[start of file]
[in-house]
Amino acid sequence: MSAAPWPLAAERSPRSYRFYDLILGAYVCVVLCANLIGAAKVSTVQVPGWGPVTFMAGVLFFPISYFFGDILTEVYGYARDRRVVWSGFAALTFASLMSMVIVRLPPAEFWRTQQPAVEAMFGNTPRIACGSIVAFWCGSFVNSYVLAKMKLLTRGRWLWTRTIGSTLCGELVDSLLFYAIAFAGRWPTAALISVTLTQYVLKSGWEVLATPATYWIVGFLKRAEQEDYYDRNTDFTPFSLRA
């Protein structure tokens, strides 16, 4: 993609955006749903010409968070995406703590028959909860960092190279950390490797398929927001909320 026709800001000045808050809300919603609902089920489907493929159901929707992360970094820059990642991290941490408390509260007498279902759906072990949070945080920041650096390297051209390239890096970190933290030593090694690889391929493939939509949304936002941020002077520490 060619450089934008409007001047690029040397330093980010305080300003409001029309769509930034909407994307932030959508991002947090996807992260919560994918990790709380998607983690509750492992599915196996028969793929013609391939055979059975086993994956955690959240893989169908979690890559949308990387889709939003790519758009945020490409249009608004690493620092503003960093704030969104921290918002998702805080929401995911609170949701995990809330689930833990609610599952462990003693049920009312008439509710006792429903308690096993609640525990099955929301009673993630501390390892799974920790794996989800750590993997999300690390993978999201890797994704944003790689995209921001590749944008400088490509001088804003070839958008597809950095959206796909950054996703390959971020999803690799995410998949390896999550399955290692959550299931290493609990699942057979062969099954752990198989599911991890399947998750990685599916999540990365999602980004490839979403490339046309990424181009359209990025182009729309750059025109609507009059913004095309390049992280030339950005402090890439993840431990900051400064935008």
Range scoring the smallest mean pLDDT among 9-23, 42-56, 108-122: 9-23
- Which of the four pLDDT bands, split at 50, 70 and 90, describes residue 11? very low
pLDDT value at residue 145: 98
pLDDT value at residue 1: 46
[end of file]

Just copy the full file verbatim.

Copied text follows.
[in-house]
Amino acid sequence: MSAAPWPLAAERSPRSYRFYDLILGAYVCVVLCANLIGAAKVSTVQVPGWGPVTFMAGVLFFPISYFFGDILTEVYGYARDRRVVWSGFAALTFASLMSMVIVRLPPAEFWRTQQPAVEAMFGNTPRIACGSIVAFWCGSFVNSYVLAKMKLLTRGRWLWTRTIGSTLCGELVDSLLFYAIAFAGRWPTAALISVTLTQYVLKSGWEVLATPATYWIVGFLKRAEQEDYYDRNTDFTPFSLRA
């Protein structure tokens, strides 16, 4: 993609955006749903010409968070995406703590028959909860960092190279950390490797398929927001909320 026709800001000045808050809300919603609902089920489907493929159901929707992360970094820059990642991290941490408390509260007498279902759906072990949070945080920041650096390297051209390239890096970190933290030593090694690889391929493939939509949304936002941020002077520490 060619450089934008409007001047690029040397330093980010305080300003409001029309769509930034909407994307932030959508991002947090996807992260919560994918990790709380998607983690509750492992599915196996028969793929013609391939055979059975086993994956955690959240893989169908979690890559949308990387889709939003790519758009945020490409249009608004690493620092503003960093704030969104921290918002998702805080929401995911609170949701995990809330689930833990609610599952462990003693049920009312008439509710006792429903308690096993609640525990099955929301009673993630501390390892799974920790794996989800750590993997999300690390993978999201890797994704944003790689995209921001590749944008400088490509001088804003070839958008597809950095959206796909950054996703390959971020999803690799995410998949390896999550399955290692959550299931290493609990699942057979062969099954752990198989599911991890399947998750990685599916999540990365999602980004490839979403490339046309990424181009359209990025182009729309750059025109609507009059913004095309390049992280030339950005402090890439993840431990900051400064935008």
Range scoring the smallest mean pLDDT among 9-23, 42-56, 108-122: 9-23
- Which of the four pLDDT bands, split at 50, 70 and 90, describes residue 11? very low
pLDDT value at residue 145: 98
pLDDT value at residue 1: 46